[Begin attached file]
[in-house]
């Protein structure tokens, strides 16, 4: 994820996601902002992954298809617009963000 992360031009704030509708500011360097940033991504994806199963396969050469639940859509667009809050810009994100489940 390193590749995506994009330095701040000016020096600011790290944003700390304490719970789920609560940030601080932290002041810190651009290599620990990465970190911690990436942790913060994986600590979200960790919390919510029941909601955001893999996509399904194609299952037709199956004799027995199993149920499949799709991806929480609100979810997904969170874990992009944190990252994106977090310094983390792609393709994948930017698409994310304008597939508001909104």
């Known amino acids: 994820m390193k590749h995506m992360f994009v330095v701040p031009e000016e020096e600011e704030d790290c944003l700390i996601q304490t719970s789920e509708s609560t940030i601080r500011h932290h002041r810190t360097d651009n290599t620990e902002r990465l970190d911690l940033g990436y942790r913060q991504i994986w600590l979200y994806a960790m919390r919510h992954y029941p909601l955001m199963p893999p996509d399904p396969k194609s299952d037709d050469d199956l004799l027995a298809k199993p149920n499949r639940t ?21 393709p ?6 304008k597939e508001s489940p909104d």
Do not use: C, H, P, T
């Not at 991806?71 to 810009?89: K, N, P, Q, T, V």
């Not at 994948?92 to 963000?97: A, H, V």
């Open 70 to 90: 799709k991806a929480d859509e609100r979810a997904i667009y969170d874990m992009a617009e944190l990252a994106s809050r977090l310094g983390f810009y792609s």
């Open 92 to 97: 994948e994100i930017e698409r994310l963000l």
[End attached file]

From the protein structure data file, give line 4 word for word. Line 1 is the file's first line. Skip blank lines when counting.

Do not use: C, H, P, T